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Q and A: Rotors, Honda Motorcycle Colors, And Oil Filter Kits

Check out these readers' questions about rotors, Honda motorcycle colors, oil filter kits, and much more!

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Ready to take your classic queries: Tech Editor Keith Fellenstein.

Checking rotors

Q: I have a Benelli 750 Sei exactly like the one I had in the 1970s. I am rebuilding it. I bought a second one for spare parts. The front rotors that came with the second bike were new, drilled and look great. Do cast iron rotors that are drilled become fatigued or brittle over time? They were stored between parts books very carefully for many years.

Walter Kettler/via email

A: The cast iron shouldn’t suffer from storage, but I’d probably have them inspected if they weren’t drilled from the factory. A good machine shop should be able to Magnaflux them for micro cracks and possibly chamfer the holes if needed.

Got the blues?

Q: Do you know the correct blue color for the 1966 Honda CB160? Thanks.

John/via email

A: The information I could find said that in addition to the Blue/Silver scheme, color options for all the model years of the CB160 were Scarlet Red/Silver, Black/Silver, and White/Silver. The gas tank, frame, forks, headlight bucket, taillight housing and rear shocks were the main color while the fenders and side covers were silver. As for the color codes for the correct blue, check with Marble Motors (marblemotors.com). They will have the correct paint.

Oil filter kit

Q: I like your informative column. I have some questions about the oil filter kit installed on the 1968 Triumph. A: Will this unit work on a 1968 BSA A65? B: Is the oil pump powerful enough for the oil filter? C: Is the bypass spring in the oil filter set to the pressure the oil pump supplies? Thank you for your info.

Jim Justice/via email

A: Those are good questions. I contacted Brian St. John at Legend Cycle who supplied the kit from and he replied quickly.

“I haven’t tried to fit the oil filter kit to an A65 and I don’t have one here right now to test it on but I do know the frame tube diameter is only 1-1/8-inch. The filter body is designed to clamp on a 1-1/2-inch diameter tube. I have reducers that take it down to 1-3/8-inch diameter to fit the Triumph 350 and 500 frames but that’s all.

The oil pump is plenty powerful enough for the filter. Given the low bypass pressures of the filters it doesn’t take much to push the oil through the filter. For example, if the bypass valve on the WIX filter opens at 8psi, the pressure required to push the oil through the filter material would be less than 8psi. The bypass valve in the Fram filter is 13psi. The bypass valve in the WIX filter is 8-11psi. So there is no fear of the oil flow being interrupted even if the filter gets plugged.”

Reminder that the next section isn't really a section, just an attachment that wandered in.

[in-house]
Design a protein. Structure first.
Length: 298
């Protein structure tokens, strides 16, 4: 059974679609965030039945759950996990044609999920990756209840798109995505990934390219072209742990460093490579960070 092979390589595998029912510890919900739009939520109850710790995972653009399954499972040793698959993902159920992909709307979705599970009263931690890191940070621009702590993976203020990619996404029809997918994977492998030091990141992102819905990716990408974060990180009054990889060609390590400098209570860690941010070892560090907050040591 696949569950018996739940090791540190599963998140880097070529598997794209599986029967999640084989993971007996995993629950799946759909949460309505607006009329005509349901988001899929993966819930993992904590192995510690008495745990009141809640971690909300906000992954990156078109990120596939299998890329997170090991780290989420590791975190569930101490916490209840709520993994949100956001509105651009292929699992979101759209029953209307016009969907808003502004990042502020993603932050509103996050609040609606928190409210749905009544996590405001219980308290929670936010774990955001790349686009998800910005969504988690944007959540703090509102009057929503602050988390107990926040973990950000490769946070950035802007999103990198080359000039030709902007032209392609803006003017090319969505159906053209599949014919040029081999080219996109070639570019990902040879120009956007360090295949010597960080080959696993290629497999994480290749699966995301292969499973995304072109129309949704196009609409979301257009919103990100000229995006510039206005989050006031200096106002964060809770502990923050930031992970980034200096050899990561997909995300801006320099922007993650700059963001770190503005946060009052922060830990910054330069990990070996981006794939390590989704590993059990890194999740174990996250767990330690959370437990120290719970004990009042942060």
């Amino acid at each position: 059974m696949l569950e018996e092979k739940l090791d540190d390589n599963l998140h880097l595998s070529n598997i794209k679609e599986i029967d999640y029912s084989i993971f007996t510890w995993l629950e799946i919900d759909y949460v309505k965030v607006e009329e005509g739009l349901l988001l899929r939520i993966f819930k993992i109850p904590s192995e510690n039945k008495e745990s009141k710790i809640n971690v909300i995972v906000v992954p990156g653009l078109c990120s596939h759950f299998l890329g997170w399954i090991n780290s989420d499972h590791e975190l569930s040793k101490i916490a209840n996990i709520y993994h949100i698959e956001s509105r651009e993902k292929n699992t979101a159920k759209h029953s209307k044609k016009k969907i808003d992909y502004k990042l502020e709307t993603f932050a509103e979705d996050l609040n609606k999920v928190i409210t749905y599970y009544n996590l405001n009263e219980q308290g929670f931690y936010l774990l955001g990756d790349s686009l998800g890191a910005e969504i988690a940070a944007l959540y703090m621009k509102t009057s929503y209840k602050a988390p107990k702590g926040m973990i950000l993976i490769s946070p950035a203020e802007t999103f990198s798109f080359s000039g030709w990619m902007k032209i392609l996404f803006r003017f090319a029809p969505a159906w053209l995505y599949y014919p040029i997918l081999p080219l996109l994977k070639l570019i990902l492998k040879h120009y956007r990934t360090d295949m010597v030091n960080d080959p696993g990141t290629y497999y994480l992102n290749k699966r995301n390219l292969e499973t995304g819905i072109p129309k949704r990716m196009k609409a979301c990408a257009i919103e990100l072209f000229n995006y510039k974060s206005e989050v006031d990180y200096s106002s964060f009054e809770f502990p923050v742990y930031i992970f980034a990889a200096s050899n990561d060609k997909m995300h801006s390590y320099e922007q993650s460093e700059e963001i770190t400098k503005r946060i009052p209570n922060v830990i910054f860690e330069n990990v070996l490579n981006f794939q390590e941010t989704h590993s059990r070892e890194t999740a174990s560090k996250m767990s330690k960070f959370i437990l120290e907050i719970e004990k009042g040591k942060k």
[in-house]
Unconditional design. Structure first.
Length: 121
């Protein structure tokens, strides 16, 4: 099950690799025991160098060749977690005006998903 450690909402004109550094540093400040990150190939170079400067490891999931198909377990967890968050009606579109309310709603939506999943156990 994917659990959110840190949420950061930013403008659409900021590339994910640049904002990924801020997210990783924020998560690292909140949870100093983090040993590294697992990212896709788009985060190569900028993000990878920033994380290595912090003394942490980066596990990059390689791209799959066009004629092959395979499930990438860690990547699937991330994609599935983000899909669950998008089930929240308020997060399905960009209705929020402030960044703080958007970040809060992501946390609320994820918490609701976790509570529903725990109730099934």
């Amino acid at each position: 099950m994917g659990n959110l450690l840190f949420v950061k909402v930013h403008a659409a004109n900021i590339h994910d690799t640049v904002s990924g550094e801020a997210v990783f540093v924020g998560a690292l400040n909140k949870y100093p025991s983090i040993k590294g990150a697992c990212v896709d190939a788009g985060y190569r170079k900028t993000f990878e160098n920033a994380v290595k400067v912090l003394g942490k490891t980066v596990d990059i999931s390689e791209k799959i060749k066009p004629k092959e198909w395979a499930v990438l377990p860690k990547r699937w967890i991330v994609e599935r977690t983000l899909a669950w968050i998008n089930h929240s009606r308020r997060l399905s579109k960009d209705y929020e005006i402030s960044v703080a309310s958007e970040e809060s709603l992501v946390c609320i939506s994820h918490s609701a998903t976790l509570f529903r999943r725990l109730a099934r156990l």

Major meltdown

Q: I had a major meltdown in the alternator of my Norton Commando MkIII. Apparently there was not enough clearance, and the rotor rubbed the alternator until everything heated up and seized. I’ve cleaned it up and replaced the rotor and stator. I have a reasonable gap all the way around except in one half inch spot, which does not move when the rear wheel is turned. I have hit the assembly many times, as per instructions, and nothing happens. Do you have any advice?

Margie Siegal/via email

A: I don’t know who started that whole hit the alternator bit, or the bend the mounting studs bit, both of which can break the casting of the case if done with vigor. The current accepted cure is to enlarge the holes in the alternator so that you get some wiggle room that way. That can be difficult to achieve in a home workshop as the laminated alternators tend to grab a drill bit and delaminate. If you’ve got a rat tail file that’s the right size that might work better than trying to drill it out.

Energy transfer ignition

Q: I’ve had my 1966 Triumph 650 TT with the energy transfer ignition since 1975. I’ve had it apart a few times. This time I rebuilt it and replaced all the worn parts and then some. I don’t ever remember timing the rotor to top dead center. In the past I have just put a new primary chain on and off you go. It always ran well and was powerful. This time I bought a new rotor that was not drilled. I followed the known procedure. At top dead center close to 9 o’clock I looked at the phase mark on the rotor and it lined up with the pin and instructions from JRC Engineering . I drilled a hole, set the timing, and got a fair spark. When I kick it, it just backfires out the exhaust. What I did notice though is at top dead center my crankshaft splines are not the same as in the pictures in the manual. It’s closer to 10 o’clock. Can you tell me what is wrong?

Brit Hemenway/via email

A: If it’s consistently backfiring, I’d guess that you have somehow reversed the coils, so they are firing on the exhaust stroke. Starting with the wires under the points plate, make sure the rear set is connected to the yellow/black wire and the front set is connected to the white/black wire. If that’s correct, then swap the left and right spark plug leads on the plugs and see if it will start. The alternator rotor shouldn’t affect the timing, just the strength of the spark produced by the coils. The rotor is positioned so that the AC voltage curve is at its peak when the points open. Too soon or too late on the curve and you get a weaker spark. Way too early or late and you get no spark.


Send questions and feedback to keithsgarage@motorcycleclassics.com.

Updated on Aug 9, 2021  |  Originally Published on Jul 28, 2021

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